Of all the coronavirus activities that companies have encouraged us to partake in over the last few months, Yamaha’s might just be the most bizarre. The motorcycle maker has an entire series of downloadable templates that allow you to crochet their vehicles. Yes, crochet, as in with actual yarn. Or, if you prefer, you can make them by needle felting, an art form I did not know existed until now.
First, the yarn. Technically, it’s a Japanese term called amigurumi, a form of crocheted stuffed animal that’s been around for hundreds of years. Here, instead of a teddy bear or something, you can amigurumi yourself, say, a Yamaha Vino scooter. The website provides downloadable templates for each part, a list of supplies you’ll need, and then step-by-step instructions in photos and videos on how to make the bike. For noobs, there’s even a basic amigurumi tutorial before you delve into something as complex as a Vino.
There are two colors to the Vino with slight variations. For example, the orange one has the watermelon pattern seat and an “e” logo on the fairing found on electric plug-in versions. The blue one, on the other hand, is presumably the petrol 50cc version, and has a beginner driver’s mark on the front. It’s a pretty detailed and complex model, if you ask us.
If you somehow miraculously finish with the Vino before we find a COVID-19 vaccine, you can also knit a life-size version of the Yamaha EF1000iS generator, an Exult36 Sport Saloon-X yacht, or Niken three-wheeled motorcycle. On the Japanese version of the site, you can even make Naiken and Nyaiken, the Yamaha mascots that are half dog or cat, half motorcycle.
And if you’re still jonesing for handicrafts or have an excess of colored wool lying around, you can try your hand at needle felting. From what we can gather, it’s a process of stabbing the wool repeatedly until it makes a densely packed shape. It seems you can more detail into a sculpture with this form, and the results are pretty impressive.
Once again, Yamaha has laid out all the steps: what to prepare, a list of parts, and step-by-step instructions in photos and videos. There’s templates for orange and blue versions, as well as a lesson in basic needle felting for novices.
Perhaps the strangest object available for needle felting, though, is a single piston from a 1978 Yamaha SR400 motorcycle. It’s not that the best-selling bike isn’t worthy. After all, it has sold in various incarnations for 40 years, and was inducted into the Japan Automotive Hall of Fame last November.
It’s just that instead of the entire bike, you get instructions for just the piston, wrist pin, and connecting rod. However, it is 1:1 scale and looks remarkably faithful to its actual counterpart. Perhaps they plan to release the rest of the bike, part by part, like some kind of giant Hachette kit and at the end of it all you’ll have a life-sized woolen SR400 that you can lounge on in your living room.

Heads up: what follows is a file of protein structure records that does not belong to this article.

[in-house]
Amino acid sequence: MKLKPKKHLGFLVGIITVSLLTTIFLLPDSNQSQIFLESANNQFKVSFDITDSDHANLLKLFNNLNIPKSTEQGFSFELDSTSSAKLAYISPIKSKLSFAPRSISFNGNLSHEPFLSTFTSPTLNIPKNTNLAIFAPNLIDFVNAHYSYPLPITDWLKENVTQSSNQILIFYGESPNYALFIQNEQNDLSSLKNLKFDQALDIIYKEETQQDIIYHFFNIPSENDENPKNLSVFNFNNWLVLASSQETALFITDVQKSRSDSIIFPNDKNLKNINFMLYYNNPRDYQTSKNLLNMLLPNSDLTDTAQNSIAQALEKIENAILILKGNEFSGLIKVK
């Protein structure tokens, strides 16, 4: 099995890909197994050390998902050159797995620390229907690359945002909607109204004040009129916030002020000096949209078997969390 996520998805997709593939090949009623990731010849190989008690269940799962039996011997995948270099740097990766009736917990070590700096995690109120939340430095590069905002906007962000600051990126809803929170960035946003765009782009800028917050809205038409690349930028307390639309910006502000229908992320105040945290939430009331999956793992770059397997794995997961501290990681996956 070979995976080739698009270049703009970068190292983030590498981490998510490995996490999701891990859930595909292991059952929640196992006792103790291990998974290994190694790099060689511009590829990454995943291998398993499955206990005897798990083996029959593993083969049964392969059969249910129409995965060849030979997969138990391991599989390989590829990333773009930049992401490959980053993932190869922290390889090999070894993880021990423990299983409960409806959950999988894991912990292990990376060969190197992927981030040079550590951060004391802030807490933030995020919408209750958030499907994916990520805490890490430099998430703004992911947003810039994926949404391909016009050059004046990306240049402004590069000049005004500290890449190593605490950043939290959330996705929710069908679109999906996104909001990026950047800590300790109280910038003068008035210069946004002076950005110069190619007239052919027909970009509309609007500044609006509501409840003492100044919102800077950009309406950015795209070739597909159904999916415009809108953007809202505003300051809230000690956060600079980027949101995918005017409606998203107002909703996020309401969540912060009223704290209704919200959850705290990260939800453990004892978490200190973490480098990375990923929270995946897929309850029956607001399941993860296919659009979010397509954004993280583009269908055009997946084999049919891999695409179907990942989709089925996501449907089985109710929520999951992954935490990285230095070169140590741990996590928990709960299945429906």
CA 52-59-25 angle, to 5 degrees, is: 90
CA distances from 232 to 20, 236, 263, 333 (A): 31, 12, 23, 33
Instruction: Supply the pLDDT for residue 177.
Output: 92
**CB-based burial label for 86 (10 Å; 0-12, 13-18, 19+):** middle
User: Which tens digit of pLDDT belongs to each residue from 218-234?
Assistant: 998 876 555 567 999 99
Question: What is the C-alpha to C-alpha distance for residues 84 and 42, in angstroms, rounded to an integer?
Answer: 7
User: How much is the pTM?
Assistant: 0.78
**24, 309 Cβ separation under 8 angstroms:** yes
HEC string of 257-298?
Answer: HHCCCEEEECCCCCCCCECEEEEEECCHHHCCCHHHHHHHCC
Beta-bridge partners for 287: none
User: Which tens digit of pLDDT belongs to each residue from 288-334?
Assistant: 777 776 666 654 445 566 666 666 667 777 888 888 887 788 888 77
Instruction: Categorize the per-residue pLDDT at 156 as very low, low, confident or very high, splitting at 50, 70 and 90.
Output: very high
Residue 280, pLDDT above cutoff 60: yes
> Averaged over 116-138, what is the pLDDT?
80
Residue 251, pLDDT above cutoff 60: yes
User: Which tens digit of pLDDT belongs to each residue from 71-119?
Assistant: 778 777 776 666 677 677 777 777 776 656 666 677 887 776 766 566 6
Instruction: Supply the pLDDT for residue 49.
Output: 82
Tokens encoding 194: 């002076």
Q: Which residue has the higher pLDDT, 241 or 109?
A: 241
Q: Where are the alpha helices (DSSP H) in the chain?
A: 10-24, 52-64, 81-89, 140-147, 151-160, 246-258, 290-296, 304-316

We have to give it to Yamaha. This is by far the most creative way of weathering the shelter-at-home orders we’ve seen from a manufacturer. It doesn’t seem very easy, though, so we asked our resident knitting expert, wife Natalie Strong, about her thoughts on the Yamahamigurumi.
“These are for experienced crocheters and needle felters,” she explained. When asked if she thought that someone who had never picked up a crochet hook should try these patterns, she got a horrified look on her face and said, “Noooooo. I have picked up a crochet hook, and I wouldn’t dare try these.”
She is impressed, though, that they exist. “It might be somewhat unusual to find patterns for more detailed, mechanical things. If you search for Amigurumi on Etsy, everything is a cutesy animal.” She continues, “The typical ‘car’ crochet project leans toward cute rather than accurate.”
Somehow, these Yamaha crafts are both cute and accurate. So if you’d like to try your hand at these, you can download the patterns from the English or Japanese (if you want the mascots) websites. We won’t blame you if you’d rather just break out the crayons for coloring pages put out by Nissan, Mazda, Subaru, Isuzu, Lexus, and Nissan again. Or, if you’re keen on tackling something a bit more complex, there’s papercraft from Mazda, Toyota, and Toyota UK. If you do attempt these Yamahas, though, please let us know how it goes.
Images courtesy of Yamaha